iTunes gets criticized a lot. For its interface, for its over-abundance of features, and even for its name. (It hasn't just managed "tunes" for a long time.) Since I write the Ask the iTunes Guy column here at Macworld, I have opportunities to delve into the intricacies of iTunes, and field questions from befuddled users.
I generally accept iTunes' quirks, though I don't hesitate to point out the most egregious problems in the app. But I update to every new version, in part because I write about the software, but also because iTunes is an app I use a lot, to manage and listen to my Brobdingnagian music collection.
iTunes 12.2 is a disaster. The Apple Music features are confusing at best; the way iTunes Match and Apple Music work together is problematic ; and, worst of all, many users are finding that it destroys music libraries.
I did update iTunes on my MacBook Pro; my test computer. It has a small iTunes library, which, together with my iTunes Store purchases, comes to about 9000 tracks. But I won't upgrade my iMac, which is where my large music library (around 65,000 tracks) is stored.
The biggest problem with iTunes 12.2 is the iCloud Music Library feature, which combines iTunes Match and Apple Music, as well as your purchased tracks, giving you access to music across devices. This is a great idea, in theory, but iTunes Match has been fraught with problems since its launch, and the iCloud Music Library is simply broken. On my MacBook Pro, iTunes messed up my album artwork, changed tags for a lot of my music, and converted many of my Matched and Uploaded tracks to Apple Music files, which, if re-downloaded, contain DRM.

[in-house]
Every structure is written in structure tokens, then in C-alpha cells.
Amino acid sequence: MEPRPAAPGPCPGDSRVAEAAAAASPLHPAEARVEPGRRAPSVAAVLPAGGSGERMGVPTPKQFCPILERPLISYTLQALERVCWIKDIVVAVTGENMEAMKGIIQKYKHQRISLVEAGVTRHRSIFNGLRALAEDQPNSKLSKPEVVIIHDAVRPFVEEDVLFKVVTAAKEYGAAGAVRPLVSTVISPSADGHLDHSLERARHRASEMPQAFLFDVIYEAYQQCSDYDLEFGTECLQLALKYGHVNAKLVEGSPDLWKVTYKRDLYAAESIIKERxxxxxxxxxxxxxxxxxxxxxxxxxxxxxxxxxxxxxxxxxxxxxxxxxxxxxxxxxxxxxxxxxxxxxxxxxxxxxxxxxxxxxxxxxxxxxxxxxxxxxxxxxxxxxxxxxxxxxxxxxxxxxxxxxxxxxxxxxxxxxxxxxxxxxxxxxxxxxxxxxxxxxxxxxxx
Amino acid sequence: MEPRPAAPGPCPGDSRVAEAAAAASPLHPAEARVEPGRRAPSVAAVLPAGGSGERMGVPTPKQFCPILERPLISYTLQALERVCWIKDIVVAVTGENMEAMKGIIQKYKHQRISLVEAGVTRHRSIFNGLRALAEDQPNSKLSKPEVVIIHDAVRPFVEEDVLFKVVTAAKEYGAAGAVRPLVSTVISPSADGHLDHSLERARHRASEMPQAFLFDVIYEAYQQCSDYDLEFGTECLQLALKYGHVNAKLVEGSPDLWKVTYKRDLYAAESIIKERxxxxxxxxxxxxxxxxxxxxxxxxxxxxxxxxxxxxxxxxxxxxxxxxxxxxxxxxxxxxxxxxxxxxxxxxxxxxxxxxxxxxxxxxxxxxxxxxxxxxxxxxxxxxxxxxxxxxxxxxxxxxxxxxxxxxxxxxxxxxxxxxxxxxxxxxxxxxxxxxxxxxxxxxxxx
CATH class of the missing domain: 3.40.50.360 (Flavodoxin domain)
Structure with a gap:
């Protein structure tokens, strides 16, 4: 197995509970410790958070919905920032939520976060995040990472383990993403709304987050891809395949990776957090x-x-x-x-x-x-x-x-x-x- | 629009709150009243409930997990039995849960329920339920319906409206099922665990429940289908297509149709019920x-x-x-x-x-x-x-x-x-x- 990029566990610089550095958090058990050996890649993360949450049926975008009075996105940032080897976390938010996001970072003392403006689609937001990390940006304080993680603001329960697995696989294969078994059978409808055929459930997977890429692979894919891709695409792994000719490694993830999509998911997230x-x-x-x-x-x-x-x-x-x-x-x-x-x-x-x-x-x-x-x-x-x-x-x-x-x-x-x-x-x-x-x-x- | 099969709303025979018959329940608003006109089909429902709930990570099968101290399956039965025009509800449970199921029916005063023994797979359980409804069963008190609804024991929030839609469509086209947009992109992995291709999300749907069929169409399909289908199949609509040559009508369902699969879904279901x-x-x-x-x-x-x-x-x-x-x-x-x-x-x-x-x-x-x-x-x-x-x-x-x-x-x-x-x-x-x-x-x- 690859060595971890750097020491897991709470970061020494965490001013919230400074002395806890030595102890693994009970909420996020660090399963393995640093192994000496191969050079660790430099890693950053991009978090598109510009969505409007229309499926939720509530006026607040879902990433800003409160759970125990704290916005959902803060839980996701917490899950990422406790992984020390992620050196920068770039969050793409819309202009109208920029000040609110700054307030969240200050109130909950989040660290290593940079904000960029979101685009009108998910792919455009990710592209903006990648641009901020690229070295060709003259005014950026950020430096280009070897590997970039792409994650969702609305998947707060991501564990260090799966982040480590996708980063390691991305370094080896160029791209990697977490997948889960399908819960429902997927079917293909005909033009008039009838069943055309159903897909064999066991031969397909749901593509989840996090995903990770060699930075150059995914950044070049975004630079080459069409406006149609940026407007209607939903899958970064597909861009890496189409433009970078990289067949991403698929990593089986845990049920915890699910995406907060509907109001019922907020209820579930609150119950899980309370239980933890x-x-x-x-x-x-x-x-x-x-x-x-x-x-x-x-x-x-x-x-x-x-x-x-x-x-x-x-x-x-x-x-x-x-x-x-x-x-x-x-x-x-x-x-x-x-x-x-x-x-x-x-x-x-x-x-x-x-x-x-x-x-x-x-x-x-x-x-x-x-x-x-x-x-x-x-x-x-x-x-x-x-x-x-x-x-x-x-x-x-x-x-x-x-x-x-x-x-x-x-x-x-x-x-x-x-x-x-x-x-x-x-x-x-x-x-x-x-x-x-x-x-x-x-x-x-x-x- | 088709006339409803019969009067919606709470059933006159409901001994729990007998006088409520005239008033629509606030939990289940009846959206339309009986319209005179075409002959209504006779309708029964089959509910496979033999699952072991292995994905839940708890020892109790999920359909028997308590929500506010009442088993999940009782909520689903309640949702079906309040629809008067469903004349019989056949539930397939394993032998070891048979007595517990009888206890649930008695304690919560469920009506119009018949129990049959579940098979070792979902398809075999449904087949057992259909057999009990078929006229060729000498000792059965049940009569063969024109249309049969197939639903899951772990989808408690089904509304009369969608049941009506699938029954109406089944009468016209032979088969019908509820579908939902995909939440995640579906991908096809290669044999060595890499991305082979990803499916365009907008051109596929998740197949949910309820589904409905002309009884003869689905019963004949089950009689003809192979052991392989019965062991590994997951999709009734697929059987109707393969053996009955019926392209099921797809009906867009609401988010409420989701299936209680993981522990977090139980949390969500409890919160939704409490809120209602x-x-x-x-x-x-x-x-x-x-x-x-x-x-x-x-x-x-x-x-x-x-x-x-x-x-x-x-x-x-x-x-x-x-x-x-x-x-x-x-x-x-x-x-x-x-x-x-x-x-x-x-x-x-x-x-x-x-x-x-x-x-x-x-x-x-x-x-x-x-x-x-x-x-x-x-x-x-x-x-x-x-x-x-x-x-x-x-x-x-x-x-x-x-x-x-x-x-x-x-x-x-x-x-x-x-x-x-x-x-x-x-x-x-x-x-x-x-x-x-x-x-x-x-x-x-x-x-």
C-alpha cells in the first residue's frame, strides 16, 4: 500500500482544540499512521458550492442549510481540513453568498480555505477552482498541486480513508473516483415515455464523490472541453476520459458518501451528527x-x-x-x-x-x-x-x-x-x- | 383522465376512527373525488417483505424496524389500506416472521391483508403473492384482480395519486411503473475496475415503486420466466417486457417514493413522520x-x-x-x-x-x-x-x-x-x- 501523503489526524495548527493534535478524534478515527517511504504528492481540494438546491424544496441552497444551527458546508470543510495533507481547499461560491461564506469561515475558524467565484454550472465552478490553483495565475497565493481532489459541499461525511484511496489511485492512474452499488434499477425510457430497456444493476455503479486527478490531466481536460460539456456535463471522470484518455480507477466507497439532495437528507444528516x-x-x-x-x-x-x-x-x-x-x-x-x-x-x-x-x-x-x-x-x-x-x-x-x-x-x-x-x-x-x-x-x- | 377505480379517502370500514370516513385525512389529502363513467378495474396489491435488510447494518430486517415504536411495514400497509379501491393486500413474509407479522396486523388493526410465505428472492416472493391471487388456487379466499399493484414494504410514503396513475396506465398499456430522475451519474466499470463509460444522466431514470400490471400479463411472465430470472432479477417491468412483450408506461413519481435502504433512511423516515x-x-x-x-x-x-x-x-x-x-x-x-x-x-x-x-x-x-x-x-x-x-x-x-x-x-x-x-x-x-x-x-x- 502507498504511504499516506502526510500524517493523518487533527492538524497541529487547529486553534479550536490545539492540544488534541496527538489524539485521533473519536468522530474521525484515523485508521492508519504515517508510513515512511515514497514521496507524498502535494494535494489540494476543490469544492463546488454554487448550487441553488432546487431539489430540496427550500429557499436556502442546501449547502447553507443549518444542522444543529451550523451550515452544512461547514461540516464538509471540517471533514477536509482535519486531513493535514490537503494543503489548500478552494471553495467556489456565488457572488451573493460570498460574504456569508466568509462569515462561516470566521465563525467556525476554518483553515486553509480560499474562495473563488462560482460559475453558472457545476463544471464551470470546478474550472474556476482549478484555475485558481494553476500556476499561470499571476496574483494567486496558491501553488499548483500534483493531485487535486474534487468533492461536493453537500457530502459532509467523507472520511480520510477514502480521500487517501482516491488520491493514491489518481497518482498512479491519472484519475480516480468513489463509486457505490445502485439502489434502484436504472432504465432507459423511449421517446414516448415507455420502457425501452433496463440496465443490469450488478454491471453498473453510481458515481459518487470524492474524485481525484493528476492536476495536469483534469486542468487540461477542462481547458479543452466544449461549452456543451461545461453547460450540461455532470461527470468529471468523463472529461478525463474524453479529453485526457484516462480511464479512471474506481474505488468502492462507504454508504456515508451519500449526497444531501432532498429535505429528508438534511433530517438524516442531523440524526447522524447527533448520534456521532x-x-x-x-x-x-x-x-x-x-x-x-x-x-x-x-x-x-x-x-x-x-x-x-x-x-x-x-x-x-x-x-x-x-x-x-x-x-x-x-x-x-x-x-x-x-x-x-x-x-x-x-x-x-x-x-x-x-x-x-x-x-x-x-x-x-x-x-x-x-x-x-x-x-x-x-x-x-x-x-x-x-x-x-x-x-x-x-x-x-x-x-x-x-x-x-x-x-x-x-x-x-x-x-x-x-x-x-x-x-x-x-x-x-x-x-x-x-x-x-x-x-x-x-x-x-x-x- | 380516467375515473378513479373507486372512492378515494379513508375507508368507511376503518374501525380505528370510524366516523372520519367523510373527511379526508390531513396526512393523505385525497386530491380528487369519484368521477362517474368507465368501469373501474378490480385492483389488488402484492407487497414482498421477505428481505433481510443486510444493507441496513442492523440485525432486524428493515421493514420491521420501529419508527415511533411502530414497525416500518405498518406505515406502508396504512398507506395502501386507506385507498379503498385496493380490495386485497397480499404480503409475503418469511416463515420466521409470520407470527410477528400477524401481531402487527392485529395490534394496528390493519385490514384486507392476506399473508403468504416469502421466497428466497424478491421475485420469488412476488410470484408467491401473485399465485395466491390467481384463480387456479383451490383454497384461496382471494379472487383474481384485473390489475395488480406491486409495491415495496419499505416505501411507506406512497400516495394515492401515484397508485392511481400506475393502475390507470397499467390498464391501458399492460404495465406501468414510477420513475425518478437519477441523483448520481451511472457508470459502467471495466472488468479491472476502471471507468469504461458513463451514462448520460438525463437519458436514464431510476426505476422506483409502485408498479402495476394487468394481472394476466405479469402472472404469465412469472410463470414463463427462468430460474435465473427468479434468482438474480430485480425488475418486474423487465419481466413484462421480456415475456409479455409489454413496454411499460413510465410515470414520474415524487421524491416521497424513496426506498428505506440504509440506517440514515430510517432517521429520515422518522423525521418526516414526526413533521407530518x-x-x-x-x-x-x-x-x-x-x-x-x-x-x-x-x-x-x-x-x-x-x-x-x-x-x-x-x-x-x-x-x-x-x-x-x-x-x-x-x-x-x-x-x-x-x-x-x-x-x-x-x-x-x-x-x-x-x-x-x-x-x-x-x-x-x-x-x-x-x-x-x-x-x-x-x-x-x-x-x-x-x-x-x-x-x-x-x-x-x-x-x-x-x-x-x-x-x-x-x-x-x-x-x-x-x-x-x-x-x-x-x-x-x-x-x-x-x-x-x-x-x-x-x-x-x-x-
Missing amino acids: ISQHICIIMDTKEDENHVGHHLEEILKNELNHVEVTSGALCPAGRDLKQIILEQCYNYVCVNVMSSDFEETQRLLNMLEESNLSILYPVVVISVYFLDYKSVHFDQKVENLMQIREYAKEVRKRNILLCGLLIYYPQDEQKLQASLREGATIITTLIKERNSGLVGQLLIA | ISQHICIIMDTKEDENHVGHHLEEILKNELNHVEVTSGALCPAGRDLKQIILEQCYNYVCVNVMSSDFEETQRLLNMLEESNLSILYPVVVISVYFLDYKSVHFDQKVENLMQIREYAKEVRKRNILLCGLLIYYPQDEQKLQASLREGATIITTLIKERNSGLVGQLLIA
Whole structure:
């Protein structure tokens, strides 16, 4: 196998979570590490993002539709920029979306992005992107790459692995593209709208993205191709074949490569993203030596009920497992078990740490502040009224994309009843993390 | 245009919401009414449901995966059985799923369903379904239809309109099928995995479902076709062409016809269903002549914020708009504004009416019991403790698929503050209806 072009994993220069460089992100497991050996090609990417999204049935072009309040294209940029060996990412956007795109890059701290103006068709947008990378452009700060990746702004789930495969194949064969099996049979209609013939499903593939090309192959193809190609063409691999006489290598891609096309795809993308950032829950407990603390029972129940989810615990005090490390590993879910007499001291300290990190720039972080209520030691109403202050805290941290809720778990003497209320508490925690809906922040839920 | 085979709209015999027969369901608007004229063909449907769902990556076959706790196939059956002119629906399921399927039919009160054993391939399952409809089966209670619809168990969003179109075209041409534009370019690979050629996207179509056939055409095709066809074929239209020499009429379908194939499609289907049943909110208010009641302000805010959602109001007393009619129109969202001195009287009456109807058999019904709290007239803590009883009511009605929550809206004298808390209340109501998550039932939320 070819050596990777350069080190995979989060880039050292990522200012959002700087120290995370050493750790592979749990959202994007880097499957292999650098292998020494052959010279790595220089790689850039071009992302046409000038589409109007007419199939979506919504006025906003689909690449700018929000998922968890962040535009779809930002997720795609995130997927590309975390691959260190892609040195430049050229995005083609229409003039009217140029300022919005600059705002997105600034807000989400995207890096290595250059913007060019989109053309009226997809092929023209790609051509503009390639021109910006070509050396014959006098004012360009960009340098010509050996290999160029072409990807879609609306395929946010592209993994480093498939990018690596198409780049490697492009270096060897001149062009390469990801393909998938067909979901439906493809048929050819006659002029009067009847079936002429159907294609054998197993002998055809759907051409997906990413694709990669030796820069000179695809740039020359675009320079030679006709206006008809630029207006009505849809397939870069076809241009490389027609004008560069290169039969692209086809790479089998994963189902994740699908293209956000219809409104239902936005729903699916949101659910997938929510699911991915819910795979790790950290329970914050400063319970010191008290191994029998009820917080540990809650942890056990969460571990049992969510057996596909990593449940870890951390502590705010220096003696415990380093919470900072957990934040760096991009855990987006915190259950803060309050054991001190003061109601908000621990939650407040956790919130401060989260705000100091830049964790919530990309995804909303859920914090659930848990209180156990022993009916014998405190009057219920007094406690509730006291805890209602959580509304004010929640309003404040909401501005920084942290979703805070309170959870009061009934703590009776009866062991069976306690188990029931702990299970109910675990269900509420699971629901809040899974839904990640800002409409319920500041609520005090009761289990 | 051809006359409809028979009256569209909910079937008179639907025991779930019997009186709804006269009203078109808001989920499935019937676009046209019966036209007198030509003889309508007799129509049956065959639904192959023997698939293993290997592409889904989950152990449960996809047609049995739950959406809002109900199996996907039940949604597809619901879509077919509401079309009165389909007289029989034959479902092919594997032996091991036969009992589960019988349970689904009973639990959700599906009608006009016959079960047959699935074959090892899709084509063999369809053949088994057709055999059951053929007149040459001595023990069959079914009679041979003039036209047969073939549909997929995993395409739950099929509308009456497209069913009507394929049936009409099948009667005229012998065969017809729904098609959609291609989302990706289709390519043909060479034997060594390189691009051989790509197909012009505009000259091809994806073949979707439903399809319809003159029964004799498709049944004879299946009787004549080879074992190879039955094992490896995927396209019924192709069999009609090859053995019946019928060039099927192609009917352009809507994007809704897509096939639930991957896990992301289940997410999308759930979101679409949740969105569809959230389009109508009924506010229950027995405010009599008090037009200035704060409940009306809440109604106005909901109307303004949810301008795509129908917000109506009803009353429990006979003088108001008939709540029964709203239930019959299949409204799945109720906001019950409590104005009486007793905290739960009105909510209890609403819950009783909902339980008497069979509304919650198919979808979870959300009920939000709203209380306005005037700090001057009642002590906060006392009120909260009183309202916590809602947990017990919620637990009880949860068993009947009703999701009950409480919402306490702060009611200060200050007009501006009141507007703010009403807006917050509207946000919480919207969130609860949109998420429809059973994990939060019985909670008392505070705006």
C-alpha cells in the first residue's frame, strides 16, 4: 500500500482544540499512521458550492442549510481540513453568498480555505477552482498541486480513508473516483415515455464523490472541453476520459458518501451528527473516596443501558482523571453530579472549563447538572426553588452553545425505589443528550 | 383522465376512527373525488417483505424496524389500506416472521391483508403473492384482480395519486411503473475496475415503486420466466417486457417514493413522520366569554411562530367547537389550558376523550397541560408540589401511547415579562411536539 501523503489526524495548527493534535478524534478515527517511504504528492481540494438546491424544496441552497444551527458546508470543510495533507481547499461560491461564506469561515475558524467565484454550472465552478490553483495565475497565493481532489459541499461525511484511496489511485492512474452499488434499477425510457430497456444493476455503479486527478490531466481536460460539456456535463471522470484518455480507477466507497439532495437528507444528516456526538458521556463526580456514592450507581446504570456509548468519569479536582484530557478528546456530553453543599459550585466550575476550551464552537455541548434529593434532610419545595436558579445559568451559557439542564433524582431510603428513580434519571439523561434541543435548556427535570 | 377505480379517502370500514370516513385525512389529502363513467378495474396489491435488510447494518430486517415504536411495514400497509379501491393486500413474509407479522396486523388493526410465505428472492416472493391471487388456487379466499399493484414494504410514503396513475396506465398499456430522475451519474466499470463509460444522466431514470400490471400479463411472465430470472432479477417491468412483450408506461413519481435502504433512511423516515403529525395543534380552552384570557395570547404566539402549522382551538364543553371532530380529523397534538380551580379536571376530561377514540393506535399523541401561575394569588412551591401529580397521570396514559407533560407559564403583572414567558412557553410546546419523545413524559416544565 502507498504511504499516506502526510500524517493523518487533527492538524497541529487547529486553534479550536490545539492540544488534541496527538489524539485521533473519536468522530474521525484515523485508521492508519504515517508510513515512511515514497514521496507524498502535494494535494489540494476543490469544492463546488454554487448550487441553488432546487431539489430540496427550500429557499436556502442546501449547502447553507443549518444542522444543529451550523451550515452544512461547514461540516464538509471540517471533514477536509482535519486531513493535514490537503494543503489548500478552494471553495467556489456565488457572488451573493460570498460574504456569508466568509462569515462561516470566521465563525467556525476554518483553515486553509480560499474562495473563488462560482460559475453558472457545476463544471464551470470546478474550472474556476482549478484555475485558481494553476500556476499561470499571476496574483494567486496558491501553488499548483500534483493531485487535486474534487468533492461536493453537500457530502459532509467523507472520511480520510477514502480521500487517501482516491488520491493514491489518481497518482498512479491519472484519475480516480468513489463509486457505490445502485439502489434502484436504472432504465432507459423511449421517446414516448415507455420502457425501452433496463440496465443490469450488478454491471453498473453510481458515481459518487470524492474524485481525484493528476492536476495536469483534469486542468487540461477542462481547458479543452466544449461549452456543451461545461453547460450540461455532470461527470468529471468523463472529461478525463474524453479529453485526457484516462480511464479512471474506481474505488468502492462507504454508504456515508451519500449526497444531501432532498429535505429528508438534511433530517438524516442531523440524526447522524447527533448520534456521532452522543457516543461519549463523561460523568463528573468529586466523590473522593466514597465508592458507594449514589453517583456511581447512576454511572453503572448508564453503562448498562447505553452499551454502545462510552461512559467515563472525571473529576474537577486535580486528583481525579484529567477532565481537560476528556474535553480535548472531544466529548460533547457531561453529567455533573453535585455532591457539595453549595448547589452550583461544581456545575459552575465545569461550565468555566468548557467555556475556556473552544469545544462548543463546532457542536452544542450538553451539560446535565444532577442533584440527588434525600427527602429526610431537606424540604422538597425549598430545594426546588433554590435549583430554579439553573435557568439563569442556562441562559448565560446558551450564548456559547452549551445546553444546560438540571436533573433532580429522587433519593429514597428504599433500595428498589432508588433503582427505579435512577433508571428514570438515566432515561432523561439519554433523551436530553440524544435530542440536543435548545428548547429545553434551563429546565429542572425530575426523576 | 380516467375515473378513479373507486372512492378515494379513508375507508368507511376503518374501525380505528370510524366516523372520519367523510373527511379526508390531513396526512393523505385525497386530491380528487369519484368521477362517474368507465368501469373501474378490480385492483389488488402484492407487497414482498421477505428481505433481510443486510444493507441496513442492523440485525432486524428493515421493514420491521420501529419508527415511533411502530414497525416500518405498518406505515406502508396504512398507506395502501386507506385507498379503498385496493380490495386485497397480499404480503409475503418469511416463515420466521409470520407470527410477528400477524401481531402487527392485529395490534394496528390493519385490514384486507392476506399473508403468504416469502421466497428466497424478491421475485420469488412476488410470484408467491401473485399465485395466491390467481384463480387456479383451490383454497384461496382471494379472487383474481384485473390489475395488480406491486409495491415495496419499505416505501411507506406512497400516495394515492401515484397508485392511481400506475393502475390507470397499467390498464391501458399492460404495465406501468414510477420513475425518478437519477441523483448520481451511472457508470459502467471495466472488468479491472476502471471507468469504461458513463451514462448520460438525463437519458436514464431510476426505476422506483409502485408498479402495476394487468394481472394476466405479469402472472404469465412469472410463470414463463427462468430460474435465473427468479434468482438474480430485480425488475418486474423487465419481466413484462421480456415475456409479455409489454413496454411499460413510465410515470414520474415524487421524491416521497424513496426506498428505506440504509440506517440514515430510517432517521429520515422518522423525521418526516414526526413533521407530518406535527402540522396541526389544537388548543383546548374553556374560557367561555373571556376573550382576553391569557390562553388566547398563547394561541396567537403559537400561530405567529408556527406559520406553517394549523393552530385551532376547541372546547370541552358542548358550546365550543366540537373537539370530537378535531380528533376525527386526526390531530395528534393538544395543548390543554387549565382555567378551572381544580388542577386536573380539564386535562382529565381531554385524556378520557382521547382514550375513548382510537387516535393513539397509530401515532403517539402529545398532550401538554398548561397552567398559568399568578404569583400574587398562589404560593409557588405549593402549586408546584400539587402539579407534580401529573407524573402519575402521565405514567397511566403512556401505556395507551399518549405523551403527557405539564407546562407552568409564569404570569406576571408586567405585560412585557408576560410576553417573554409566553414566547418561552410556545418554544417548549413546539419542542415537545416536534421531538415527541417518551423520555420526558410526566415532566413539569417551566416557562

It was bad enough when music I synced to my iPhone displayed different album artwork, and when different tags started appearing on my music after syncing. But this is too much.
My music library is sacred. I've ripped a few thousand CDs, tagged them very carefully, and added artwork to every track in my iTunes library. Changing my metadata or changing my artwork is a violation of my music library. It's as though someone came into my house and rearranged all my books, substituting paperbacks for some of the hardcovers, and replacing some books by versions in different languages.
Sure, call me obsessive. Back in the day, I was one of those guys in the record store in High Fidelity. I love music, it's very important to me, and the time I've spent maintaining my music library shouldn't be erased by some faulty software. Especially because there is no reason for iTunes to change tags or artwork; none at all.
I didn't think I'd recommend that users not upgrade to a new version of iTunes, but this time I will. If you have a carefully curated music library, manually tagged, with painstakingly chosen or scanned album artwork, stay away from iTunes 12.2. Especially if you plan to use iTunes Match, Apple Music, or iCloud Music Library.
If, however, you don't have much music, it probably won't affect you. You might find that iTunes 12.2, with Apple Music, is just fine. It's probably fine for a lot of people, but it's toxic for music libraries that have been maintained with care.
Apple, you've let me down.
This story, "Why you might not want to upgrade to iTunes 12.2" was originally published by Macworld.